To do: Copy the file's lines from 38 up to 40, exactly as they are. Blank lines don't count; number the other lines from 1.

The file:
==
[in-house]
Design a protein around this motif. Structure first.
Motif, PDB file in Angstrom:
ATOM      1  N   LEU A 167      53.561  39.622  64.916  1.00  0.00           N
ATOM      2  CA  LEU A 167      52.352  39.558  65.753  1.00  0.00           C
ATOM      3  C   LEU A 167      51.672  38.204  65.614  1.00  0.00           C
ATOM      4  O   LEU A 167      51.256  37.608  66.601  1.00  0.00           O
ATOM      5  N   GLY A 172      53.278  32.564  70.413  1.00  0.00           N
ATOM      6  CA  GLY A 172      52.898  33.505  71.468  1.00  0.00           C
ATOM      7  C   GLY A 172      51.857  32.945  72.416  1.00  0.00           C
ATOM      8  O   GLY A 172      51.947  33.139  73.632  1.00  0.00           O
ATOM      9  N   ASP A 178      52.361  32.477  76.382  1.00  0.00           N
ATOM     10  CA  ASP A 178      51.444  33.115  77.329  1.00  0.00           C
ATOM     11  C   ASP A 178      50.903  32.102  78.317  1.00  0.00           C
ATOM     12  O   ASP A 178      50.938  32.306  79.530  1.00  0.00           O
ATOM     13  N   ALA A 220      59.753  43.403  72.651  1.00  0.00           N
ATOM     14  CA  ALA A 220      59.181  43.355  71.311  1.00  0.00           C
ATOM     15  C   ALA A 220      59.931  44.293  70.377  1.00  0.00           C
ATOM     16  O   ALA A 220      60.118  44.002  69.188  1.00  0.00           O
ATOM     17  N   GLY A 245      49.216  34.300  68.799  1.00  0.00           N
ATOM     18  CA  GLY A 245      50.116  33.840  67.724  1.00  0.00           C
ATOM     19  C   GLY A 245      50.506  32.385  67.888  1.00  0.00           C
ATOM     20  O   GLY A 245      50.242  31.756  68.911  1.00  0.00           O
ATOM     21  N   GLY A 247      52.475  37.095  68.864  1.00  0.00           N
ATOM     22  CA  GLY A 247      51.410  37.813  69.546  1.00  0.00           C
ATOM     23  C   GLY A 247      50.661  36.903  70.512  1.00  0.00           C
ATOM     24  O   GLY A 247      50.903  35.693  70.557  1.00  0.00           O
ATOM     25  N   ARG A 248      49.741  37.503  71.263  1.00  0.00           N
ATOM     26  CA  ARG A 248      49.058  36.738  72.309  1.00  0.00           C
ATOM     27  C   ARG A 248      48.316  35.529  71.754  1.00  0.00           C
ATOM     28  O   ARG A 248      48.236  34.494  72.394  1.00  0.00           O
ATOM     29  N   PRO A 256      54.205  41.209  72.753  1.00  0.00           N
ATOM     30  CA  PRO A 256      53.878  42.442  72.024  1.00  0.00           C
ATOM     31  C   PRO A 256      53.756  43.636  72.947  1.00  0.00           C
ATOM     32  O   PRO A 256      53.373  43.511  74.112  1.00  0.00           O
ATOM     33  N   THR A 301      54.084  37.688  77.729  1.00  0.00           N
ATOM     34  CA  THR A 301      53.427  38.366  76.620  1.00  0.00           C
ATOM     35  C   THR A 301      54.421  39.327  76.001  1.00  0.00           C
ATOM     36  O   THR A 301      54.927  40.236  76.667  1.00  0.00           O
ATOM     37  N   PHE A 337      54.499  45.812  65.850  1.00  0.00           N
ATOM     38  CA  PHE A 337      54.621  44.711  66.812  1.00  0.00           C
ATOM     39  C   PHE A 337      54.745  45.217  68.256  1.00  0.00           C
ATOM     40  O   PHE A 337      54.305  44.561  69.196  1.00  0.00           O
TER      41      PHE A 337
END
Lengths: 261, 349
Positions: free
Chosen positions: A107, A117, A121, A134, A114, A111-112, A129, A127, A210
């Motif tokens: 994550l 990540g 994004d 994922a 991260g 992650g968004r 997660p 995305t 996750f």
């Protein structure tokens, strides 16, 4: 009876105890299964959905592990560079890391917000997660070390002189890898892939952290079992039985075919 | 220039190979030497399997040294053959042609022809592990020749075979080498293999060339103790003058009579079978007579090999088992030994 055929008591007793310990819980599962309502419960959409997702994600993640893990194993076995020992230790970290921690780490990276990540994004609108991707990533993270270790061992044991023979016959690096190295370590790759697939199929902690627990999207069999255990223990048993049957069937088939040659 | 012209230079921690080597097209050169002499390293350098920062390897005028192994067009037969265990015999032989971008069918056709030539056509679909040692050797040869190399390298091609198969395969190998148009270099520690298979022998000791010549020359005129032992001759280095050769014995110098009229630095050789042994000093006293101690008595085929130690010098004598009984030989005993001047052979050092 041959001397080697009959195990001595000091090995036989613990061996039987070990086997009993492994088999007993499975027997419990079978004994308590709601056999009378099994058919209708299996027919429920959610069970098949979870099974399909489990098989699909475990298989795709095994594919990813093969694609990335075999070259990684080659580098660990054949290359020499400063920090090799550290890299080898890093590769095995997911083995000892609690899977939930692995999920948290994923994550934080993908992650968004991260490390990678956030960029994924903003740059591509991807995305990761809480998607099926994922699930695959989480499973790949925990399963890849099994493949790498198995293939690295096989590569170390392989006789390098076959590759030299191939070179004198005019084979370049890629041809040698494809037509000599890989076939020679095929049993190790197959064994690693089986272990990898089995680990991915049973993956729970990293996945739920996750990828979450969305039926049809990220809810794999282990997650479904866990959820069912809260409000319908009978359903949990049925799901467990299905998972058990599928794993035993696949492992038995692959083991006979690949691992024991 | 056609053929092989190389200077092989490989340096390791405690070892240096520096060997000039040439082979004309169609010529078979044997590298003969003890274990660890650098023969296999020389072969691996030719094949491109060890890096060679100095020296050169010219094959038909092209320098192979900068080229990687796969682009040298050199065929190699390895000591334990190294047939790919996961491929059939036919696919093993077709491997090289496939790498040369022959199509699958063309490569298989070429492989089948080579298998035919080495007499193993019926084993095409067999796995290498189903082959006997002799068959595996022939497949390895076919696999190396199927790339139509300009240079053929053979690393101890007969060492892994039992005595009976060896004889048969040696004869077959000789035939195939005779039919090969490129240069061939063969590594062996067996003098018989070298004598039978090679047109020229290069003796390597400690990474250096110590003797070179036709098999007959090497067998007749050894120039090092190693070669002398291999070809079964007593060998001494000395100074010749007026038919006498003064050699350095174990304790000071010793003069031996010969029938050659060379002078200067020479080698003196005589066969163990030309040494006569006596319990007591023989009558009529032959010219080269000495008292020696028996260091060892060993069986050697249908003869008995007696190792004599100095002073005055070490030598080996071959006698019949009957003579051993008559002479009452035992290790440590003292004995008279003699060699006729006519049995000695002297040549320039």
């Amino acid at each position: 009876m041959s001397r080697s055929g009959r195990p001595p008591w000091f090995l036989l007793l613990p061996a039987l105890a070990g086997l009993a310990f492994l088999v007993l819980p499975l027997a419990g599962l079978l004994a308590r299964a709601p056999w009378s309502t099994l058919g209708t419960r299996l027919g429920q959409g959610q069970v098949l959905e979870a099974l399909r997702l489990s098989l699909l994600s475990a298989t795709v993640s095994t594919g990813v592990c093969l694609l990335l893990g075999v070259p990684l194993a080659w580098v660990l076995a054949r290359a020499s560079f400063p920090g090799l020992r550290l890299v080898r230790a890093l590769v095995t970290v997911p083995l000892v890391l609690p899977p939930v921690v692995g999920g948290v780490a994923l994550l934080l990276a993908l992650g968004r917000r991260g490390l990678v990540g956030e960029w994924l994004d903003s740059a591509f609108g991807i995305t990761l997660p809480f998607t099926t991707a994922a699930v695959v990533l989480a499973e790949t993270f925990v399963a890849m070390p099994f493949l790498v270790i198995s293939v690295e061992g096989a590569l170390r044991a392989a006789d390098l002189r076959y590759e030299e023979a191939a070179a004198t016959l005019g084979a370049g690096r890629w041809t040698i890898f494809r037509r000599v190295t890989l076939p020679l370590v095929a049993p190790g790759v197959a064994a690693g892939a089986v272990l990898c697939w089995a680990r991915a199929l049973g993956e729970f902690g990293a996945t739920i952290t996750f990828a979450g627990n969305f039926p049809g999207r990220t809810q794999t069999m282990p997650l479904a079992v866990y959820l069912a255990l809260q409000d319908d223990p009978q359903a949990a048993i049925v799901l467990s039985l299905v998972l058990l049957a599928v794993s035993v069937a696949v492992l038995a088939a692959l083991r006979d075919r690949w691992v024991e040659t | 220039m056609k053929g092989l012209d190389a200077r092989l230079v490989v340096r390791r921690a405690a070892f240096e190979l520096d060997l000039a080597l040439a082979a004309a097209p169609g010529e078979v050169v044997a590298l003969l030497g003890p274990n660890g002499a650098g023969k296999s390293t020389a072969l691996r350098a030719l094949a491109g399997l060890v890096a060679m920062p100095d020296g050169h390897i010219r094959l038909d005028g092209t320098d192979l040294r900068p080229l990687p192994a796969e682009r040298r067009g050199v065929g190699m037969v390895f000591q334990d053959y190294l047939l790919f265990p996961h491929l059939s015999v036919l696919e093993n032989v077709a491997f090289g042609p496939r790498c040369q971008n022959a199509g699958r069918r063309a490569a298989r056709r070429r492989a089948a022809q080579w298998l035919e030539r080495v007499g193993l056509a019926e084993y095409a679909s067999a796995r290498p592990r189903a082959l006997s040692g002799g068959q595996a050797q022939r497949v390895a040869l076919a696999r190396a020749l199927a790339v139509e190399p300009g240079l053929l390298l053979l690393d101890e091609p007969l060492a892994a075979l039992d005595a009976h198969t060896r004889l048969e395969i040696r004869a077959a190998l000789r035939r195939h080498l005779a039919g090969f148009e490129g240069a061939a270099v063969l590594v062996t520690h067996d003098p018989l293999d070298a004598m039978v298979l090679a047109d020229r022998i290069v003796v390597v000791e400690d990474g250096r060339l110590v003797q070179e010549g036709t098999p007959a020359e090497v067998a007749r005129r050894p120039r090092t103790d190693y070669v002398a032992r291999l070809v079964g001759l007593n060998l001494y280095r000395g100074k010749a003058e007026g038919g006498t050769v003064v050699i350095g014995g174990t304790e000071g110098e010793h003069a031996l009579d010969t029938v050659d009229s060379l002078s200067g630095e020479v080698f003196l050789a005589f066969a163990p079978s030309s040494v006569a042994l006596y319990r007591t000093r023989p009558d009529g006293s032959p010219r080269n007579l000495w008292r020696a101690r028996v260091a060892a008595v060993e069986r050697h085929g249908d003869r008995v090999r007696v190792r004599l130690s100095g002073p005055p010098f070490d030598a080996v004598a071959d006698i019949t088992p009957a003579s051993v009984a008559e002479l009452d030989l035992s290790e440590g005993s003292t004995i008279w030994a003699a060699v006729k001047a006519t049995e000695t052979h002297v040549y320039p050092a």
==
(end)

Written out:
ATOM     35  C   THR A 301      54.421  39.327  76.001  1.00  0.00           C
ATOM     36  O   THR A 301      54.927  40.236  76.667  1.00  0.00           O
ATOM     37  N   PHE A 337      54.499  45.812  65.850  1.00  0.00           N